Economic Interests. In order to improve the competitive status of the United States, the flow and exchange of relevant geoscience information through U.S. embassies and consulates should increase, and cooperative programs involving geoscientists from the Third World and other nations should be strengthened through organizations such as the Agency for International Development.
Foreign Policy. The awareness on the part of U.S. federal government groups involved in foreign policy decisions of the importance of the geosciences in negotiating global agreements should be improved. Specific policy topics requiring scientific input include waste management, acid rain, hazard reduction, energy and mineral resource availabilities, and desertification.
The committee's report included a proposal that the United States consider the establishment of an American Office of Global Geosciences "to remedy existing deficiencies and to develop a long-term mechanism for an increased geoscience contribution to U.S. foreign policy, economic growth, and basic research." The proposed office would serve as a clearinghouse for international geoscience information and could help coordinate geoscientific projects and activities involving private industry, governments, and academia. Examples of how this could be accomplished include the assignment of additional technically qualified regional resource officers to U.S. embassies and consulates. These officers, referred to in the past as mineral attaches, could keep abreast of global mineral and energy resource availability, promote the interchange of scientific and technical data, and be aware of local developments affecting science-related activities.
The following discussion and recommendations focus on undergraduate education, instrumentation and facilities, data collection and analyses, and global collaboration. In other sections of this chapter, conclusions and recommendations are highlighted in specific sections and are not repeated here.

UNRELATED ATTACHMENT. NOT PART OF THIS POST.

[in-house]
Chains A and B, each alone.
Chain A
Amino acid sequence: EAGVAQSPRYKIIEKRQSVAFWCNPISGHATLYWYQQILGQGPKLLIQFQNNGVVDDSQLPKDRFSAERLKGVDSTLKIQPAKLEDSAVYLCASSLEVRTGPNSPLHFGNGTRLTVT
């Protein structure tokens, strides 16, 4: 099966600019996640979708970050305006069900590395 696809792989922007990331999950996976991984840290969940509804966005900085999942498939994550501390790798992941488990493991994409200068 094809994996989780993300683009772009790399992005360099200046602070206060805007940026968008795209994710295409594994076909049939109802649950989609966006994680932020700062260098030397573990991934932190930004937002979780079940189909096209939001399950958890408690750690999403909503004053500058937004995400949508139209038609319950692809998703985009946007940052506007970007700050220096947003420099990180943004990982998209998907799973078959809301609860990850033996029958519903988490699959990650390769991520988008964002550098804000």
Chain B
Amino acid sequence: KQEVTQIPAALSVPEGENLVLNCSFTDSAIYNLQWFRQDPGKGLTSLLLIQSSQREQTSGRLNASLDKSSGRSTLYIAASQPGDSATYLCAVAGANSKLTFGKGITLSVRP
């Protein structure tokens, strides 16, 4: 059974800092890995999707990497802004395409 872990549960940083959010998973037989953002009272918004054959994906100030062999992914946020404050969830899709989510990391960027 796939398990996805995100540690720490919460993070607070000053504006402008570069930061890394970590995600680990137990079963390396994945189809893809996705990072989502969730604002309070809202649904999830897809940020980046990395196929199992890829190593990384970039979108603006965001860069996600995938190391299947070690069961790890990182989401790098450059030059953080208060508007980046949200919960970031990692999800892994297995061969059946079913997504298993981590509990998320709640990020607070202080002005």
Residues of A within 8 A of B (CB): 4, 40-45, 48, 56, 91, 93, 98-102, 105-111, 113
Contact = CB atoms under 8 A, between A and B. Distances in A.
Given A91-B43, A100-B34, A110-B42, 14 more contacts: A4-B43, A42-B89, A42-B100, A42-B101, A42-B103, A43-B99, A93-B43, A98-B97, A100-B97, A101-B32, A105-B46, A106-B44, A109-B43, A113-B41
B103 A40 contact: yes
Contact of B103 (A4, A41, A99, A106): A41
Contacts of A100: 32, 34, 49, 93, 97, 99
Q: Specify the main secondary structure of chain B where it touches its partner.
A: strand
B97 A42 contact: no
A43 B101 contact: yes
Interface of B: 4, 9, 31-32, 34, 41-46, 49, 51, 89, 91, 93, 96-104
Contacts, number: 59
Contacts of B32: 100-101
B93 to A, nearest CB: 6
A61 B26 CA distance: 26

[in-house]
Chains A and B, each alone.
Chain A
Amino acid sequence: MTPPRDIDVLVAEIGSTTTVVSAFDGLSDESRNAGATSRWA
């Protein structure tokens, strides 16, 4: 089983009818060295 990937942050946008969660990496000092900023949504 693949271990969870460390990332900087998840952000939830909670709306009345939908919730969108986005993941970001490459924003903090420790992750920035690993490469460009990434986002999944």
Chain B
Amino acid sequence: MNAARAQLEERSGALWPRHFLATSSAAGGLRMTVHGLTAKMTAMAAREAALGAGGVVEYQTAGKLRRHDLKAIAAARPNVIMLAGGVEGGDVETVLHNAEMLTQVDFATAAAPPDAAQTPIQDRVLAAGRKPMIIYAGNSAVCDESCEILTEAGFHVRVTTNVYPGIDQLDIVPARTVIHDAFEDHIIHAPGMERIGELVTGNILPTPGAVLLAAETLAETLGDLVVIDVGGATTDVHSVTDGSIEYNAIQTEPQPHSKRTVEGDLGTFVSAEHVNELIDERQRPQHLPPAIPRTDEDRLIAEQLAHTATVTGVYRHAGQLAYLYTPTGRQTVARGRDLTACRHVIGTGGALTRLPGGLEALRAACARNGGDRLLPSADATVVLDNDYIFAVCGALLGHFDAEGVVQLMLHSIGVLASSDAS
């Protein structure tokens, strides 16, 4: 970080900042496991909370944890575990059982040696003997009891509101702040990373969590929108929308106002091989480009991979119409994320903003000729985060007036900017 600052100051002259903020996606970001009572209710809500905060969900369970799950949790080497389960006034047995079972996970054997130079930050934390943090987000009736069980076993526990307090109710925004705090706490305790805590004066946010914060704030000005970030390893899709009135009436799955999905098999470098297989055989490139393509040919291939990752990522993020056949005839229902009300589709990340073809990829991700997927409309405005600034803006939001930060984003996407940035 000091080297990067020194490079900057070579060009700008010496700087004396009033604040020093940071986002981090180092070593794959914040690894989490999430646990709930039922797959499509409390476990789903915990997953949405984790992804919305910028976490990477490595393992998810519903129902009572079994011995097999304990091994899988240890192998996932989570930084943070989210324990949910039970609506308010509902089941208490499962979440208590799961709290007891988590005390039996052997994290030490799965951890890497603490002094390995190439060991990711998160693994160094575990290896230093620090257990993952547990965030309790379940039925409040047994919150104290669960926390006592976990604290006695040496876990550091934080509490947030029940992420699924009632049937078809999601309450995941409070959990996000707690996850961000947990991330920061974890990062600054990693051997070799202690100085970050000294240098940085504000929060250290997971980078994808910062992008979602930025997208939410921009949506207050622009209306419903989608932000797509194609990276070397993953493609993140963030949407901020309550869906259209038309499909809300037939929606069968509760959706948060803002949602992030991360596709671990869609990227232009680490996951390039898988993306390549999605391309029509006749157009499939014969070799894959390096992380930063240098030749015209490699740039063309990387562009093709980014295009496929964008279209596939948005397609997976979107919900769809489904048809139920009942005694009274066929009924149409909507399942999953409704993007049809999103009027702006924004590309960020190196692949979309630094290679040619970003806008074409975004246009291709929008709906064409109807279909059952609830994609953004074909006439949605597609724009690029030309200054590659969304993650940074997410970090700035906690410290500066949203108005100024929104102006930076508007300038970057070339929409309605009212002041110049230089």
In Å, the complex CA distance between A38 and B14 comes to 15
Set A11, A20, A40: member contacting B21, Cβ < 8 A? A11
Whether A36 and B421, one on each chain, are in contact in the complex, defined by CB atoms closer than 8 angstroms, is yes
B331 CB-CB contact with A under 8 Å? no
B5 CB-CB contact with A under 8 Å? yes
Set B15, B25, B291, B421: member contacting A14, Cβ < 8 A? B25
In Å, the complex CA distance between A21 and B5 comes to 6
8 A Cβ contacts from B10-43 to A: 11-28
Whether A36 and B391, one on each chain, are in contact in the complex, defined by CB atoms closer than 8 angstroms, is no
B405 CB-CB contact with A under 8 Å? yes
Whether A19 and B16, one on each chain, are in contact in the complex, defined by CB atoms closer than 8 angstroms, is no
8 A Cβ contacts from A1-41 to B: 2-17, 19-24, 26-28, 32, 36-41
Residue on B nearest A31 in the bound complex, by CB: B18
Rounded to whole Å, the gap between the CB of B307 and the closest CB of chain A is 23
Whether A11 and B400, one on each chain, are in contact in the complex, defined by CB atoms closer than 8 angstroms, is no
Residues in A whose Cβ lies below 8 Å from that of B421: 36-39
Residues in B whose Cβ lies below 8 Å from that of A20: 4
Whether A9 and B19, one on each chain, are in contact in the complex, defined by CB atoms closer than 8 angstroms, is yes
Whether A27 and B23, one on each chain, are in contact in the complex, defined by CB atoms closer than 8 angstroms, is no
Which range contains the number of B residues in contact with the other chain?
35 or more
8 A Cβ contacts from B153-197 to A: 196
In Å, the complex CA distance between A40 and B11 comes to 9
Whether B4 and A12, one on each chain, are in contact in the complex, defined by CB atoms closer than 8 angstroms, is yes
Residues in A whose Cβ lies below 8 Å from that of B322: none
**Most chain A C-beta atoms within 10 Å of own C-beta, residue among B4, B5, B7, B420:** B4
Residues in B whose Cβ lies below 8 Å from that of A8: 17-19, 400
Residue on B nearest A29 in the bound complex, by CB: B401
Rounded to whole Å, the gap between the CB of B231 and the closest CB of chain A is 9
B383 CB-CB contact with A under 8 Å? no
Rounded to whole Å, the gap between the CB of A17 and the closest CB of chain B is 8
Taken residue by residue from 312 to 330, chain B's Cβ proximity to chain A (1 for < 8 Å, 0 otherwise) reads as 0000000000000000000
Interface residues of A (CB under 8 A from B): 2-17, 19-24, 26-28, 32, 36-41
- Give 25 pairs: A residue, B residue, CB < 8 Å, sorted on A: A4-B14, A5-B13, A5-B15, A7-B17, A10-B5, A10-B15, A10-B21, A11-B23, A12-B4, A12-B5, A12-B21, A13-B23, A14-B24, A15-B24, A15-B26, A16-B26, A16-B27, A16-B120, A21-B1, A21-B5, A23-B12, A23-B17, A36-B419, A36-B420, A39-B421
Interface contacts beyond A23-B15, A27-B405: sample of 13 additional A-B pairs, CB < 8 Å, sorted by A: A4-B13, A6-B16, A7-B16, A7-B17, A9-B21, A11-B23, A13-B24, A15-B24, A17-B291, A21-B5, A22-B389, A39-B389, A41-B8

Significant changes are required to make the training of solid-earth scientists reflect changing societal demands on the profession. The committee believes that no single discipline's viewpoint is adequate for understanding the behavior of earth processes—even for those that are fairly well defined. The conventional disciplinary courses should be supplemented with more comprehensive courses in earth system science. Such courses should emphasize a global perspective, interrelationships and feedback processes, and the involvement of the biosphere in geochemical cycles. This is important as application of the earth sciences is increasingly toward interdisciplinary problems.
Curricula are beginning to change in response to new and emerging fields but inevitably lag. New courses need to be developed to prepare students for growth in both employment and research opportunities in areas such as hydrology, land use, engineering geology, environmental and urban geology, and waste disposal. Such courses will be necessary to prepare students for changing careers in both the extractive industries and environmental areas of the earth sciences. No longer are these two areas separate, as mineral and energy resources need to be exploited in environmentally sound ways. Many of these "new" courses will cut across departmental boundaries. Colleges and universities should explore new educational opportunities (at both the undergraduate and graduate levels) that bridge the needs of earth science and engineering departments. This need arises from the growth of problems related to land use, urban geology, environmental geology and engineering, and waste disposal. The convergence of interests and research is striking, and the classical subject of "engineering geology" could become a significant redefined area of critical importance for society.
The need for training students to undertake basic research is fundamental; funding for independent research at all levels of education should be increased. The understanding of the scientific process acquired through research will serve students well whether they choose an academic, applied, or industrial career path.
As new concepts arise and fields change, there is a need, even for experienced scientists, for forms of continuing education. The sabbatical leave concept should be enhanced to provide researchers the ability to evolve with the field. Such a procedure would promote scientific currency and foster information exchange to the benefit of all.
Finally, support for graduate and postdoctoral studies should be strengthened. Supplying the basic educational training for a hundred doctoral-level and several hundred master's-level earth scientists requires between $10 million and $20 million per year in scholarships and educational research sup-